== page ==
4. Take lots to occupy them in the car. One of the great things about car travel is that you don’t have to worry about your luggage being a couple of pounds overweight. You also don’t have to worry about other restrictions such as products that are not allowed on board an aircraft, for example. Other than the portable DVD and other electronics, how about a knapsack of creative car activities such as paper and crayons, stickers and maybe even a small lap tray to place the material on. This knapsack can also be taken in and out of restaurants too.
5. Other than material items for the kids, think about other games that require nothing more than thought and imagination. Counting the number of red versus blue cars between point A and B or playing a memory game such as ‘I went to the market…’ are great ways to pass time.
6. Help your children know in advance how much time between stops so that they don’t ask ‘Are we there yet?’ every half hour. Older children, who understand time and can read, can be provided with an itinerary including approximate time planned to be on the road. Children can also be helped by showing them how to read a GPS so that they can see at a glance how much time remains until they can stretch their legs or visit another place of interest.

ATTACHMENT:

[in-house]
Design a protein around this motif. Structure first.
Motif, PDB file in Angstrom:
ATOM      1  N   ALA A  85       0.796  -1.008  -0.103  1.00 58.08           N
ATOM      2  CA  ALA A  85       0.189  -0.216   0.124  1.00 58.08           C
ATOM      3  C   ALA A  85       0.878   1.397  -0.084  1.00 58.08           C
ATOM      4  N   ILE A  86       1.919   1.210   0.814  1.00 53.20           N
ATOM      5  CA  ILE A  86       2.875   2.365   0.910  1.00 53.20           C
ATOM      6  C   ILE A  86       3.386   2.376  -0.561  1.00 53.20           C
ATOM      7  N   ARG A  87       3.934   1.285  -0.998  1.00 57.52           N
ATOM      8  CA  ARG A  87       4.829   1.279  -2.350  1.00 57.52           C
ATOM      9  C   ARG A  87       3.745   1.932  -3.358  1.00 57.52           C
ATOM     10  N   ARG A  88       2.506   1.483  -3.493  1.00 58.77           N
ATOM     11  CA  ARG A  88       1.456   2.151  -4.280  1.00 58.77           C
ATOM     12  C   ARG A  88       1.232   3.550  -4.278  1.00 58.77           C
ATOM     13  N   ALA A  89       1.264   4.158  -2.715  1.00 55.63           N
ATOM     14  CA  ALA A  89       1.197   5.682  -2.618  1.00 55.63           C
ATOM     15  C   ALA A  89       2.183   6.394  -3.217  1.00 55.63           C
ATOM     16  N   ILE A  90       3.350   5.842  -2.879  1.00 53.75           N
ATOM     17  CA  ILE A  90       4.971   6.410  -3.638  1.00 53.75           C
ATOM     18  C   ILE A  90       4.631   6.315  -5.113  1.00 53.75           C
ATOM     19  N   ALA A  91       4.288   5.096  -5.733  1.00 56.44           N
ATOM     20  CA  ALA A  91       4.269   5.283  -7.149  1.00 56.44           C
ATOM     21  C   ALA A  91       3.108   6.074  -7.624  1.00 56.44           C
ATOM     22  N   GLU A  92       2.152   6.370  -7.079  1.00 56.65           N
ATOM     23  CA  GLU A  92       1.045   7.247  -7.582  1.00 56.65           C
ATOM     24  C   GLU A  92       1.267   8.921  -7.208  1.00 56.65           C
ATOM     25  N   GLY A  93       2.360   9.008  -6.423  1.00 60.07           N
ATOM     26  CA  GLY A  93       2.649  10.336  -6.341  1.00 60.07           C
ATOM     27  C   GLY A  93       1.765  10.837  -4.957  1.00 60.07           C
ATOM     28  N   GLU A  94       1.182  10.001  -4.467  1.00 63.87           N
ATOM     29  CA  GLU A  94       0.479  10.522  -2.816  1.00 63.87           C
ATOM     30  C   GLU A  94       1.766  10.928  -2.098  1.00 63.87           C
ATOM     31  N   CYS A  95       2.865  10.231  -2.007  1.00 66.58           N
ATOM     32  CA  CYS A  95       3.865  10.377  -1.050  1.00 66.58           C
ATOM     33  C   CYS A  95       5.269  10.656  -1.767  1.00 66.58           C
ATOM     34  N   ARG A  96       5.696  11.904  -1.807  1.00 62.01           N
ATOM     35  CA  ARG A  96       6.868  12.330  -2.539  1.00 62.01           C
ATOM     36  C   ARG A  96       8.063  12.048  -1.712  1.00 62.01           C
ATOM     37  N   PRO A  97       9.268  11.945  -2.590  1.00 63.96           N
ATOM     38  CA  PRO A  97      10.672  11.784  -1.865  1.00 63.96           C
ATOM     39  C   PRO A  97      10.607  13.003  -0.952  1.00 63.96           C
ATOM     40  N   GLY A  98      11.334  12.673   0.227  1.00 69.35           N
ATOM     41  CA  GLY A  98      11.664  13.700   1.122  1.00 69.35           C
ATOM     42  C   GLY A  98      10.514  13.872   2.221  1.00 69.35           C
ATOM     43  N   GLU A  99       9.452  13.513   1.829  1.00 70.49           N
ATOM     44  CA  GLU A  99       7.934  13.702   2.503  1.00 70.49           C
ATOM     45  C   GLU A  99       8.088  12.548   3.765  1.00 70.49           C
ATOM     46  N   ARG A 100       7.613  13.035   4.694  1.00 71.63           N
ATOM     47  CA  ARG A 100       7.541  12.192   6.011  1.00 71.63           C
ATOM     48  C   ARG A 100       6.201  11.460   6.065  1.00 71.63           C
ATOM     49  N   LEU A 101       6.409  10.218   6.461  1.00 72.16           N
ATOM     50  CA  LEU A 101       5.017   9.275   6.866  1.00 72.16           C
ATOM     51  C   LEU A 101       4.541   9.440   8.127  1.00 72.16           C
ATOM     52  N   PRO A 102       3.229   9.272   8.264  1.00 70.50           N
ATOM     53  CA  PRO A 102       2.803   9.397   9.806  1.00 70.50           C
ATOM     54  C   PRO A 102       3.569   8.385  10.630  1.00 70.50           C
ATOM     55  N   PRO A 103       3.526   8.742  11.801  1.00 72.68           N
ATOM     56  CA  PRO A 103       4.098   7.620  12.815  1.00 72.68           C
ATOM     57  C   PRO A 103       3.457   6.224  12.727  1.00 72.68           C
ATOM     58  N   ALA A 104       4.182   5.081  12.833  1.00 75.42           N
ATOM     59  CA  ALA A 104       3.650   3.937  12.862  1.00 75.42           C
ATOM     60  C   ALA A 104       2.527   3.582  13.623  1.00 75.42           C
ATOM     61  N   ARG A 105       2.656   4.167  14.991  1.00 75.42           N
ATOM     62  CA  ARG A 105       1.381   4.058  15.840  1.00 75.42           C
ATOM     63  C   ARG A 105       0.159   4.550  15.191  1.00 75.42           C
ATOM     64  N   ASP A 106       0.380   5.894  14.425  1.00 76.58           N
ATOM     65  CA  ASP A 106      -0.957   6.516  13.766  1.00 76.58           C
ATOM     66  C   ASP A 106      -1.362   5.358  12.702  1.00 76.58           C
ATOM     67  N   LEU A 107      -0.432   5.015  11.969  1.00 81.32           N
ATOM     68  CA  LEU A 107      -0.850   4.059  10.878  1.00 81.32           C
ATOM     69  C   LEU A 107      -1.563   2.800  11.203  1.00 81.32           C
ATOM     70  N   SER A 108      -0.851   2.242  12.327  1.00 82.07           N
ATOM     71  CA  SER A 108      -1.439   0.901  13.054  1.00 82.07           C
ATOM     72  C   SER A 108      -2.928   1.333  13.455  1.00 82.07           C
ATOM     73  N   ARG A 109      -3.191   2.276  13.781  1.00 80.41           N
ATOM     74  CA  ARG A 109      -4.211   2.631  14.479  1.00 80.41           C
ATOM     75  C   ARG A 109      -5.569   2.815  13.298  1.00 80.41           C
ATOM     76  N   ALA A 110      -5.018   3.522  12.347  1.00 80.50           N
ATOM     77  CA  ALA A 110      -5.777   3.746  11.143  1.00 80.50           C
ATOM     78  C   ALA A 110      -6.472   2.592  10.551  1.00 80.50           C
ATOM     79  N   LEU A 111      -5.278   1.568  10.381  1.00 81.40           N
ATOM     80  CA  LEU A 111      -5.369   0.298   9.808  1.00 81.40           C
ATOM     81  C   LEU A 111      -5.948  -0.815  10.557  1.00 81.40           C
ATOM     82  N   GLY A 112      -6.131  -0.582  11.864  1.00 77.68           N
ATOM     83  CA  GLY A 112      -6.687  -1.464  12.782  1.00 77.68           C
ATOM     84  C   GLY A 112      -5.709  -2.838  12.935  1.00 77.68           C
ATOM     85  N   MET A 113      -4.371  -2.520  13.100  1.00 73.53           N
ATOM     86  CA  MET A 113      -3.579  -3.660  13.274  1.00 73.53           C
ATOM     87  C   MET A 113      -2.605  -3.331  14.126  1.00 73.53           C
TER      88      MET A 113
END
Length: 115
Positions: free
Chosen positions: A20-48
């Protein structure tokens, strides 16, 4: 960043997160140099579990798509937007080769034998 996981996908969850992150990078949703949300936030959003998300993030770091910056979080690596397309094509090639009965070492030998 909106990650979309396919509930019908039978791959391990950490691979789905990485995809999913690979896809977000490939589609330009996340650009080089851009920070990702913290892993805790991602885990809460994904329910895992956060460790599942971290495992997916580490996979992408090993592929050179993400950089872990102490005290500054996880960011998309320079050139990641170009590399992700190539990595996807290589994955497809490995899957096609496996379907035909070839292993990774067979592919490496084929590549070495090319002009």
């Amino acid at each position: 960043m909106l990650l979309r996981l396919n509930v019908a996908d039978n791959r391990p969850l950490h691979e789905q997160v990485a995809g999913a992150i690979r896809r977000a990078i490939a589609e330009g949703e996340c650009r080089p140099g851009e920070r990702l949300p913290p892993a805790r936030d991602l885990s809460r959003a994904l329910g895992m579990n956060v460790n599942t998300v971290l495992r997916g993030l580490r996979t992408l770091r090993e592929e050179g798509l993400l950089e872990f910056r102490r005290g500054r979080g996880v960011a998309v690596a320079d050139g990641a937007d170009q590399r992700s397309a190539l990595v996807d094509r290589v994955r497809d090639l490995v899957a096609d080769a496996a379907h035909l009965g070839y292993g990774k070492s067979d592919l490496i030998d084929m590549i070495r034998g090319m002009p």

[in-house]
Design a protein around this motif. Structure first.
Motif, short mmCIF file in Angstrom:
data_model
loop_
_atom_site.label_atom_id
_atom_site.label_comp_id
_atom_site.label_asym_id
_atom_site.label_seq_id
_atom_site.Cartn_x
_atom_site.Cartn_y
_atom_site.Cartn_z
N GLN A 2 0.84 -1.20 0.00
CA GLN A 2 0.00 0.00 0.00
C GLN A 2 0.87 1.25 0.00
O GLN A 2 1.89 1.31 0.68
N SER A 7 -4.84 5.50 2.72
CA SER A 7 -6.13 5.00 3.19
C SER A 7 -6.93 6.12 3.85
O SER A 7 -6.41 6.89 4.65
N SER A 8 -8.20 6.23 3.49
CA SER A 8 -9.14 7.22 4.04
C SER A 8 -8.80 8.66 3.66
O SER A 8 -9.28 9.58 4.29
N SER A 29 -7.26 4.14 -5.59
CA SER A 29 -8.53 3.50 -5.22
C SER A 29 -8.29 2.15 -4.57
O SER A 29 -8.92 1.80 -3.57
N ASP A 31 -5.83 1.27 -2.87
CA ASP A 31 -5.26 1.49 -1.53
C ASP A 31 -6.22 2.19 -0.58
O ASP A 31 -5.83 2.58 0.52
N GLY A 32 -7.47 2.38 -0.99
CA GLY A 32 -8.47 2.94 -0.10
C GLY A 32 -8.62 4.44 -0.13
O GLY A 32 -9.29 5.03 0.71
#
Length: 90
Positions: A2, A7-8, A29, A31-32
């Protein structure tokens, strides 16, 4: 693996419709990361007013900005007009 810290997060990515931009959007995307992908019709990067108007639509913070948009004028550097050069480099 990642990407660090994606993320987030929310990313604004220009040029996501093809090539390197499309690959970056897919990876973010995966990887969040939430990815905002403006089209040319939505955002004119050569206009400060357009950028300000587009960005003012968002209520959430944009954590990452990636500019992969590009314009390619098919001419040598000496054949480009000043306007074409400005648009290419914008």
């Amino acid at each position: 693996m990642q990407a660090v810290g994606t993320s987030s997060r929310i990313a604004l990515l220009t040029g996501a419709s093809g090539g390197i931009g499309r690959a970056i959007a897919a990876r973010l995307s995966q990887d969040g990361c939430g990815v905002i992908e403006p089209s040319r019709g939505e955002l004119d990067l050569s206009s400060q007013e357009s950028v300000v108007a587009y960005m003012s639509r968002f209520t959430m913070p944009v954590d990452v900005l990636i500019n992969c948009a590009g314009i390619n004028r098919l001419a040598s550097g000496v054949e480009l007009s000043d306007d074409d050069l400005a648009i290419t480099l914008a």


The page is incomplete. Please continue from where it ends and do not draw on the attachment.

7. If you typically drive a smaller car, consider renting a mini van for the time you’re going to be away. A van allows you the luxury of extra leg space, extra luggage space and extra elbow space may even mean that the children are less likely to fight with one another—both physically and verbally.
Most importantly, take lots of time planning and researching a road trip so that you know where and when you are coming and going. Treasure each stop and inhale every moment along the way. Don’t rush the trip but plan the scenic route so that you can experience the beauty of your surroundings.